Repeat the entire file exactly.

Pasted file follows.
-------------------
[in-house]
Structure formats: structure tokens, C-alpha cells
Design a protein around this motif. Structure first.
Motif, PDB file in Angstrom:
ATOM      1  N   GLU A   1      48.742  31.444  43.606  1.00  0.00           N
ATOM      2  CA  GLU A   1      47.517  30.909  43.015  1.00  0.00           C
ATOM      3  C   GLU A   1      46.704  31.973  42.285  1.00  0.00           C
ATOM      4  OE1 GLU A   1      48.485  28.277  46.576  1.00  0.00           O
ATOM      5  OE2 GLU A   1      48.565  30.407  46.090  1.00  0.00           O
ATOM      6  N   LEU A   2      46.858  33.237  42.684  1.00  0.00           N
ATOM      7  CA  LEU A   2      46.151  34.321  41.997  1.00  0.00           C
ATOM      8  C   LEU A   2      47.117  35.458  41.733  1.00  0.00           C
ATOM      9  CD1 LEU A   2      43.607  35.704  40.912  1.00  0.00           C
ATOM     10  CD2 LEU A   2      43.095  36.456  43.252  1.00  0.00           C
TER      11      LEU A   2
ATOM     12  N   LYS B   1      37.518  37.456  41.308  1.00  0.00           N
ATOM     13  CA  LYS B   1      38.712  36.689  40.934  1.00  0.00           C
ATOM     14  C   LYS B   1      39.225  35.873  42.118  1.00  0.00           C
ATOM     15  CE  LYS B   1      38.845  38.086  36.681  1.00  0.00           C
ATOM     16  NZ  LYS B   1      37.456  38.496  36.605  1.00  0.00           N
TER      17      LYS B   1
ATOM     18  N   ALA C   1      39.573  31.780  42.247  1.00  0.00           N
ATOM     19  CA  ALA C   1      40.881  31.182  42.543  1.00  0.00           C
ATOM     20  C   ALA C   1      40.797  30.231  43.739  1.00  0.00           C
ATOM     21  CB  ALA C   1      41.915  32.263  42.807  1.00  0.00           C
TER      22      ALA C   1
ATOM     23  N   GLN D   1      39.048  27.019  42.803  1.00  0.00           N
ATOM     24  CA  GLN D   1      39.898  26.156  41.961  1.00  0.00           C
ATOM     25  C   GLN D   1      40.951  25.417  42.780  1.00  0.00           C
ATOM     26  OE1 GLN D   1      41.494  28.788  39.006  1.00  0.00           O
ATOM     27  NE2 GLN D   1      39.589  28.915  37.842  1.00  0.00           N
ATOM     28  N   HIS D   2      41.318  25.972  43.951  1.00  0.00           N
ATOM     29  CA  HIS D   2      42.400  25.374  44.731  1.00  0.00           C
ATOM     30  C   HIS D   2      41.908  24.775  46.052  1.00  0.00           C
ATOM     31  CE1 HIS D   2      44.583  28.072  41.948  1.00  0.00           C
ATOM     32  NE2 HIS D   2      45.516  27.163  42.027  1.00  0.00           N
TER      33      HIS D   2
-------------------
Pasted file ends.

[in-house]
Structure formats: structure tokens, C-alpha cells
Design a protein around this motif. Structure first.
Motif, PDB file in Angstrom:
ATOM      1  N   GLU A   1      48.742  31.444  43.606  1.00  0.00           N
ATOM      2  CA  GLU A   1      47.517  30.909  43.015  1.00  0.00           C
ATOM      3  C   GLU A   1      46.704  31.973  42.285  1.00  0.00           C
ATOM      4  OE1 GLU A   1      48.485  28.277  46.576  1.00  0.00           O
ATOM      5  OE2 GLU A   1      48.565  30.407  46.090  1.00  0.00           O
ATOM      6  N   LEU A   2      46.858  33.237  42.684  1.00  0.00           N
ATOM      7  CA  LEU A   2      46.151  34.321  41.997  1.00  0.00           C
ATOM      8  C   LEU A   2      47.117  35.458  41.733  1.00  0.00           C
ATOM      9  CD1 LEU A   2      43.607  35.704  40.912  1.00  0.00           C
ATOM     10  CD2 LEU A   2      43.095  36.456  43.252  1.00  0.00           C
TER      11      LEU A   2
ATOM     12  N   LYS B   1      37.518  37.456  41.308  1.00  0.00           N
ATOM     13  CA  LYS B   1      38.712  36.689  40.934  1.00  0.00           C
ATOM     14  C   LYS B   1      39.225  35.873  42.118  1.00  0.00           C
ATOM     15  CE  LYS B   1      38.845  38.086  36.681  1.00  0.00           C
ATOM     16  NZ  LYS B   1      37.456  38.496  36.605  1.00  0.00           N
TER      17      LYS B   1
ATOM     18  N   ALA C   1      39.573  31.780  42.247  1.00  0.00           N
ATOM     19  CA  ALA C   1      40.881  31.182  42.543  1.00  0.00           C
ATOM     20  C   ALA C   1      40.797  30.231  43.739  1.00  0.00           C
ATOM     21  CB  ALA C   1      41.915  32.263  42.807  1.00  0.00           C
TER      22      ALA C   1
ATOM     23  N   GLN D   1      39.048  27.019  42.803  1.00  0.00           N
ATOM     24  CA  GLN D   1      39.898  26.156  41.961  1.00  0.00           C
ATOM     25  C   GLN D   1      40.951  25.417  42.780  1.00  0.00           C
ATOM     26  OE1 GLN D   1      41.494  28.788  39.006  1.00  0.00           O
ATOM     27  NE2 GLN D   1      39.589  28.915  37.842  1.00  0.00           N
ATOM     28  N   HIS D   2      41.318  25.972  43.951  1.00  0.00           N
ATOM     29  CA  HIS D   2      42.400  25.374  44.731  1.00  0.00           C
ATOM     30  C   HIS D   2      41.908  24.775  46.052  1.00  0.00           C
ATOM     31  CE1 HIS D   2      44.583  28.072  41.948  1.00  0.00           C
ATOM     32  NE2 HIS D   2      45.516  27.163  42.027  1.00  0.00           N
TER      33      HIS D   2